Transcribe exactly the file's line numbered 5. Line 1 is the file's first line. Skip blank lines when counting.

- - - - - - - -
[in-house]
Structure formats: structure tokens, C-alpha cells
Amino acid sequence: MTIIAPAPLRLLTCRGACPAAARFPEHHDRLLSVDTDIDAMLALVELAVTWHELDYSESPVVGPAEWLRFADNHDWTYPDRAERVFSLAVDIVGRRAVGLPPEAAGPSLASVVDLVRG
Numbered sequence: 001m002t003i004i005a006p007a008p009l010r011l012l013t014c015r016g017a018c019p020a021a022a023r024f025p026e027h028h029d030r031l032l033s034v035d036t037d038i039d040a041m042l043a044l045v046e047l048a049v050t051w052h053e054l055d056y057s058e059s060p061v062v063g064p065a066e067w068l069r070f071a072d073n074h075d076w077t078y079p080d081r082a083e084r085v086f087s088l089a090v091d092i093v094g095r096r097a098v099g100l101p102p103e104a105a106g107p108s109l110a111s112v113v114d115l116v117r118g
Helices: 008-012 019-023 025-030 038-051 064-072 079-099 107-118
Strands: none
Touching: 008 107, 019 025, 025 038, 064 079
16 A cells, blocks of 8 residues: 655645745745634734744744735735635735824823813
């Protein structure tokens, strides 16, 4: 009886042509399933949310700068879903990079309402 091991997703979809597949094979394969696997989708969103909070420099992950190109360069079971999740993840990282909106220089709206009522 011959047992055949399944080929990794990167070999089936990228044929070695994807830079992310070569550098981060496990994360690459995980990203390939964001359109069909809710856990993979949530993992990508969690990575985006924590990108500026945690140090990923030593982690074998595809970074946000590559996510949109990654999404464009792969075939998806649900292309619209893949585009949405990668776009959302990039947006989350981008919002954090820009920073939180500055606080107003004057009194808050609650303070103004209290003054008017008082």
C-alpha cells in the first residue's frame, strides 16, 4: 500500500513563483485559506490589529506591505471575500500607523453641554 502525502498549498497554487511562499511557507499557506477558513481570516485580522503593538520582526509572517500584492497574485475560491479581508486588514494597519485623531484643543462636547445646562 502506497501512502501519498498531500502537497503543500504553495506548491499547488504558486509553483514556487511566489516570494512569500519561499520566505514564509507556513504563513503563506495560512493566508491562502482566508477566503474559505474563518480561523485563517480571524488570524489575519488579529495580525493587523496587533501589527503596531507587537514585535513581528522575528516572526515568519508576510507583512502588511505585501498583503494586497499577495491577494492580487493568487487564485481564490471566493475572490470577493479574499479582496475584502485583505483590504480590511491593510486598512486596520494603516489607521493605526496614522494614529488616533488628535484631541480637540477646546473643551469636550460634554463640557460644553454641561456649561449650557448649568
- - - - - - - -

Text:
Helices: 008-012 019-023 025-030 038-051 064-072 079-099 107-118